President Obama laid out a detailed plan to address the causes and impacts of climate change in a speech at Georgetown University on Tuesday. "I refuse to condemn your generation and future generations to a planet that's beyond fixing," he said.
A thread throughout Obama's plan is the idea that addressing climate change is a "moral obligation" to our children. The two-page outline of the plan sent to reporters Monday evening came with the subhead "Taking Action for Our Kids," and mentioned "kids" or "future generations" a total of four times. The theme carried throughout his speech on Tuesday. "Your children's children will have to live with the consequences of our decisions," he said.
Here are the key components of the plan aimed at reducing US emissions:
- Directs the EPA to issue draft emission rules for existing power plants by June 2014, to be finalized by June 2015.
- Asks the EPA to "work expeditiously" on finalizing rules for new power plants that the agency issued in March 2012 (though does not appear to include a due date for that).
- Pledges that the federal government will draw 20 percent of its power from renewable sources by 2020.
- Sets a goal of permitting an additional 10 gigawatts of renewable energy on public lands by 2020.
- Sets a goal of putting 100 megawatts of renewable energy on federally subsidized housing by 2020.
- Creates a new, $8 billion loan guarantee program for advanced fossil fuel projects at the Department of Energy (think clean coal, etc.).
- Directs the EPA and the Department of Transportation to work on fuel economy standard for heavy-duty trucks, buses, and vans for after 2018 (following up on the 2014-18 rules they rolled out in 2011).
- Sets a goal of cutting at least 3 billion tons of carbon pollution by 2030 through improvements in energy efficiency standards.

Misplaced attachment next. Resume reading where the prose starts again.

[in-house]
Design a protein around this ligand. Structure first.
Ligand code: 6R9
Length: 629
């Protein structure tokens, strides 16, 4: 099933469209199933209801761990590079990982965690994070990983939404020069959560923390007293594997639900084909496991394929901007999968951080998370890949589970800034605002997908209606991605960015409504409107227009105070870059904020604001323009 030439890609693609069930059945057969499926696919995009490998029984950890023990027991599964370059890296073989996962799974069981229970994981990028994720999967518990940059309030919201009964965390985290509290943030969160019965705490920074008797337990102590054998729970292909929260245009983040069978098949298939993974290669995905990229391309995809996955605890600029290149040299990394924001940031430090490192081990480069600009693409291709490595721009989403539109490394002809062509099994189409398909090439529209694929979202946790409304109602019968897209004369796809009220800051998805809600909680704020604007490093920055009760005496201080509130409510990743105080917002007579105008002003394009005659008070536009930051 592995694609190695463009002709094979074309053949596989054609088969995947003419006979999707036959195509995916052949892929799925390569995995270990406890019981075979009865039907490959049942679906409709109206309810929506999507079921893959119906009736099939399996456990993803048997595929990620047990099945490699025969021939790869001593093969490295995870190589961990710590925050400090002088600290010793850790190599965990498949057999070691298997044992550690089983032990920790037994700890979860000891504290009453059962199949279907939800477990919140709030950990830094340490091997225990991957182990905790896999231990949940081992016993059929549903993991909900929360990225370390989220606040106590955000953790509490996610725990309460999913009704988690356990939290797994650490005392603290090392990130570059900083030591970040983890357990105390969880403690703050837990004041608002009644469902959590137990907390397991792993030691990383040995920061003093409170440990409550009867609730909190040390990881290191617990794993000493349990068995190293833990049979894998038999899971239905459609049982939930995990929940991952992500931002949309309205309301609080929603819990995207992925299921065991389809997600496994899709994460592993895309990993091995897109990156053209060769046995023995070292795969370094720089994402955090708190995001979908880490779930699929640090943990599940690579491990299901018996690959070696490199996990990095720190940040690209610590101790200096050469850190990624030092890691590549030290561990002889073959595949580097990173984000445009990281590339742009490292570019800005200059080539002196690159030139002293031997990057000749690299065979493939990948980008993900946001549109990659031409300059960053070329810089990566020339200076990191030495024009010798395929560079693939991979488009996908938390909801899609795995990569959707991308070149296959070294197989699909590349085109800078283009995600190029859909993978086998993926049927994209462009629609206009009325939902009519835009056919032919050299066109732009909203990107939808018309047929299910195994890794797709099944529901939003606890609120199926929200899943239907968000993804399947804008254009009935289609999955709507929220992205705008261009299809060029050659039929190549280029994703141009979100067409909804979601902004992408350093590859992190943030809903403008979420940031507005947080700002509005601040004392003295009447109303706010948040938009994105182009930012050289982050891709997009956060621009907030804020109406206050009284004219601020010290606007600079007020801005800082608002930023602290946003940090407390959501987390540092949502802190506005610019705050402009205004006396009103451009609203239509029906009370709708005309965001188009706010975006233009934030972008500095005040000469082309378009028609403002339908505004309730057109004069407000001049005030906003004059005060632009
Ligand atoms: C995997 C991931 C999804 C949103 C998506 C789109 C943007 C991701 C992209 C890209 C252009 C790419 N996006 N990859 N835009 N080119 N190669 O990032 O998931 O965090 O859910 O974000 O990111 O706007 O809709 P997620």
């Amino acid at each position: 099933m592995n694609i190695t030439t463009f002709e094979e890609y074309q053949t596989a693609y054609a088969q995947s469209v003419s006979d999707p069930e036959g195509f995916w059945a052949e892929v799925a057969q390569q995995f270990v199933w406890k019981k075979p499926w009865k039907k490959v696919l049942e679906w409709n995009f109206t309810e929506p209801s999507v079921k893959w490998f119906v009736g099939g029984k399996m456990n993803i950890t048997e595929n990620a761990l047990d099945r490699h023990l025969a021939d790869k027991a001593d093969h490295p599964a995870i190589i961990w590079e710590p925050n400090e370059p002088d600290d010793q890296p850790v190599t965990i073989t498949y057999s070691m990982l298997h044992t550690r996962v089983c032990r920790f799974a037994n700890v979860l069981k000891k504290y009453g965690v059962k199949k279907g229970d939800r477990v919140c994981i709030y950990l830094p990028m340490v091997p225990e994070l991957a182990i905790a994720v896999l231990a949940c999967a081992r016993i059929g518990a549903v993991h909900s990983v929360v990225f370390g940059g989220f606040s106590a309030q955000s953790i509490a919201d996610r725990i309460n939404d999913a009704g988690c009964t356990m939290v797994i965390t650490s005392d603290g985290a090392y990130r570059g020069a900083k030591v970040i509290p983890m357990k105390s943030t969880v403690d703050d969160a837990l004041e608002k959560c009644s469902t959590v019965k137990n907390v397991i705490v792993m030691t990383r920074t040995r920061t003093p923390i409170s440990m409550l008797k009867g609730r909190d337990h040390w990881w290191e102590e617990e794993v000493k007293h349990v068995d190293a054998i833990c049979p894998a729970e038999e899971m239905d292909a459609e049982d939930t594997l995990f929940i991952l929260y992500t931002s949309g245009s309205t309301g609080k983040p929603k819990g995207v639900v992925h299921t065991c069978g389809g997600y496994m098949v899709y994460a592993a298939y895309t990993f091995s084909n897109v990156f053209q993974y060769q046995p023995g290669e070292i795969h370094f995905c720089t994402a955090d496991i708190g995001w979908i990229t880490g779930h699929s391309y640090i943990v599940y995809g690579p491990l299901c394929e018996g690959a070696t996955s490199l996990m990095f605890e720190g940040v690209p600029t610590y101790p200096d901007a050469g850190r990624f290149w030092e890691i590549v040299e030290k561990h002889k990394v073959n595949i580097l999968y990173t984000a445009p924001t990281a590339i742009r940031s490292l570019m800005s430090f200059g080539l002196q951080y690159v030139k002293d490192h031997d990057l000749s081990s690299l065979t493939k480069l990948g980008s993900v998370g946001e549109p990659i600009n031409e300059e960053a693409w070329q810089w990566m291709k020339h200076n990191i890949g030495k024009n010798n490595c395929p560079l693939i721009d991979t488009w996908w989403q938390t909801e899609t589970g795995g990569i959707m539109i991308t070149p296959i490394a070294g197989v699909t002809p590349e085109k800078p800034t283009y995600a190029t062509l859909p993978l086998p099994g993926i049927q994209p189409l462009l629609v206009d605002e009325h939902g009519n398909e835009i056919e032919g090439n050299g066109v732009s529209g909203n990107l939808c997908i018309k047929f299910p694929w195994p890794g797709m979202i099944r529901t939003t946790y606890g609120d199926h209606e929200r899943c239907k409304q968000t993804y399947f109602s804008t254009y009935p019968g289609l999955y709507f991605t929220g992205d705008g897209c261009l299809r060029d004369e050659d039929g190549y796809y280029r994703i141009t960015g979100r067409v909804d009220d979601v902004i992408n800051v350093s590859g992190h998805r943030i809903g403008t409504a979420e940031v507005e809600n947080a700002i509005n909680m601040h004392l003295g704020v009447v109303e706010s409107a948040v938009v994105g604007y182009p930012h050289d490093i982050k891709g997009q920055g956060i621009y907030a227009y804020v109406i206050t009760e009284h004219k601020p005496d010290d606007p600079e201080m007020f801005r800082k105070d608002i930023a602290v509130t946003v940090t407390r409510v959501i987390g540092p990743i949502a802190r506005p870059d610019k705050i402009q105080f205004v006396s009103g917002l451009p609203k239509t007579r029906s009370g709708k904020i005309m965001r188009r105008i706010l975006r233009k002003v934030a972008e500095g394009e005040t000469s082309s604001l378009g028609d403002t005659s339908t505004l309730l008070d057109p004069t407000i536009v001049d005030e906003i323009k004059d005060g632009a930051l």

- Calls for an end to US funding for fossil fuel energy projects overseas unless they include carbon capture technology.
Obama said that the Keystone XL pipeline should only be approved if it "does not significantly exacerbate the problem of carbon pollution."
The rules for existing power plants could be huge news, as old, dirty plants account for 40 percent of all emissions in the United States. But there are scant details on what exactly those rules will entail. The EPA has missed deadlines on emissions, and other important rules have been stuck at the Office of Information and Regulatory Affairs within the White House's Office of Management and Budget for months.
While Obama did not explicitly endorse or reject the Keystone XL pipeline, a major issue for climate activists, he did state in the speech that the pipeline should only be approved if it "does not significantly exacerbate the problem of carbon pollution." "The pipeline's effect on climate will be absolutely critical to determining whether this project will go forward," he said.
The draft environmental impact analysis the State Department released in March found that it wouldn't dramatically increase emissions, prompting environmentalists to worry about what that means for the administration's decision. The EPA, however, has said that State's evaluation of the greenhouse gas impact of the pipeline isn't good enough. A senior administration official told reporters on Monday night that the State Department is still awaiting a final environmental analysis. "This proposal is not yet ready for a decision," the official reiterated.